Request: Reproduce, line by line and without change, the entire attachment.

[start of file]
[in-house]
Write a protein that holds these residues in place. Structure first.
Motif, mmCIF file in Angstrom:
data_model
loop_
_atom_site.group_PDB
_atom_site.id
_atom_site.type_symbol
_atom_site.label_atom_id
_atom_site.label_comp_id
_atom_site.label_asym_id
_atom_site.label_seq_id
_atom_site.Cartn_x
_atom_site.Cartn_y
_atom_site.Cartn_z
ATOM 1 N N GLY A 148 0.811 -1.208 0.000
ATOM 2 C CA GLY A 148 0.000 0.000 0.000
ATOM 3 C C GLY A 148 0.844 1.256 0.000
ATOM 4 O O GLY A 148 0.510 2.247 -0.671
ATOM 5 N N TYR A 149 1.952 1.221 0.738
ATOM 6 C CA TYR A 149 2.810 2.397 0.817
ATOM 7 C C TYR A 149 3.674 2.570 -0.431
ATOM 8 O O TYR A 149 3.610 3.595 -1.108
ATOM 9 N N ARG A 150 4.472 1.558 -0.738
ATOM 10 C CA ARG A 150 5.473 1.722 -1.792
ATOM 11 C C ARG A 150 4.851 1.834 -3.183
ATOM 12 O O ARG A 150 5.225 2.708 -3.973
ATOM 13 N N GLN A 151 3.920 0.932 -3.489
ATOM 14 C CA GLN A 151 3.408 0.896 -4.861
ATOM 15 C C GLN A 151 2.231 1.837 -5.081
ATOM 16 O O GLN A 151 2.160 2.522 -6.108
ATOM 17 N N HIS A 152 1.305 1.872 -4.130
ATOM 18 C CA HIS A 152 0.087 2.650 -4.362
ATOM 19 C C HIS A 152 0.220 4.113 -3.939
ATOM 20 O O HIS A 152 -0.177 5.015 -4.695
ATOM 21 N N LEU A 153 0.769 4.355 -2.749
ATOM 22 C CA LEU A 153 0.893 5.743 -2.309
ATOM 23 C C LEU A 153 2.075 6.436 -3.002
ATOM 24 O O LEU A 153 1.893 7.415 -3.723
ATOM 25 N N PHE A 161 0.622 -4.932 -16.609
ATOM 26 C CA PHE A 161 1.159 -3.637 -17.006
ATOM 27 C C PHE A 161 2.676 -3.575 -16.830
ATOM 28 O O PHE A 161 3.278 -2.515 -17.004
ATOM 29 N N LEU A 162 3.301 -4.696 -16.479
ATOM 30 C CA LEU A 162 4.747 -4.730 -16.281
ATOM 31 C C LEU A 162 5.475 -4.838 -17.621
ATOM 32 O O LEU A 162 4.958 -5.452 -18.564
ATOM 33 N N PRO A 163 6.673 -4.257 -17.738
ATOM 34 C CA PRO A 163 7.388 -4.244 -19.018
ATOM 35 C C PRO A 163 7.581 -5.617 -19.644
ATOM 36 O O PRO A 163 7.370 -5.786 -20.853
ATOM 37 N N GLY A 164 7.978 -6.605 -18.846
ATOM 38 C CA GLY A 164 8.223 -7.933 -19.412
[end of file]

[in-house]
Write a protein that holds these residues in place. Structure first.
Motif, mmCIF file in Angstrom:
data_model
loop_
_atom_site.group_PDB
_atom_site.id
_atom_site.type_symbol
_atom_site.label_atom_id
_atom_site.label_comp_id
_atom_site.label_asym_id
_atom_site.label_seq_id
_atom_site.Cartn_x
_atom_site.Cartn_y
_atom_site.Cartn_z
ATOM 1 N N GLY A 148 0.811 -1.208 0.000
ATOM 2 C CA GLY A 148 0.000 0.000 0.000
ATOM 3 C C GLY A 148 0.844 1.256 0.000
ATOM 4 O O GLY A 148 0.510 2.247 -0.671
ATOM 5 N N TYR A 149 1.952 1.221 0.738
ATOM 6 C CA TYR A 149 2.810 2.397 0.817
ATOM 7 C C TYR A 149 3.674 2.570 -0.431
ATOM 8 O O TYR A 149 3.610 3.595 -1.108
ATOM 9 N N ARG A 150 4.472 1.558 -0.738
ATOM 10 C CA ARG A 150 5.473 1.722 -1.792
ATOM 11 C C ARG A 150 4.851 1.834 -3.183
ATOM 12 O O ARG A 150 5.225 2.708 -3.973
ATOM 13 N N GLN A 151 3.920 0.932 -3.489
ATOM 14 C CA GLN A 151 3.408 0.896 -4.861
ATOM 15 C C GLN A 151 2.231 1.837 -5.081
ATOM 16 O O GLN A 151 2.160 2.522 -6.108
ATOM 17 N N HIS A 152 1.305 1.872 -4.130
ATOM 18 C CA HIS A 152 0.087 2.650 -4.362
ATOM 19 C C HIS A 152 0.220 4.113 -3.939
ATOM 20 O O HIS A 152 -0.177 5.015 -4.695
ATOM 21 N N LEU A 153 0.769 4.355 -2.749
ATOM 22 C CA LEU A 153 0.893 5.743 -2.309
ATOM 23 C C LEU A 153 2.075 6.436 -3.002
ATOM 24 O O LEU A 153 1.893 7.415 -3.723
ATOM 25 N N PHE A 161 0.622 -4.932 -16.609
ATOM 26 C CA PHE A 161 1.159 -3.637 -17.006
ATOM 27 C C PHE A 161 2.676 -3.575 -16.830
ATOM 28 O O PHE A 161 3.278 -2.515 -17.004
ATOM 29 N N LEU A 162 3.301 -4.696 -16.479
ATOM 30 C CA LEU A 162 4.747 -4.730 -16.281
ATOM 31 C C LEU A 162 5.475 -4.838 -17.621
ATOM 32 O O LEU A 162 4.958 -5.452 -18.564
ATOM 33 N N PRO A 163 6.673 -4.257 -17.738
ATOM 34 C CA PRO A 163 7.388 -4.244 -19.018
ATOM 35 C C PRO A 163 7.581 -5.617 -19.644
ATOM 36 O O PRO A 163 7.370 -5.786 -20.853
ATOM 37 N N GLY A 164 7.978 -6.605 -18.846
ATOM 38 C CA GLY A 164 8.223 -7.933 -19.412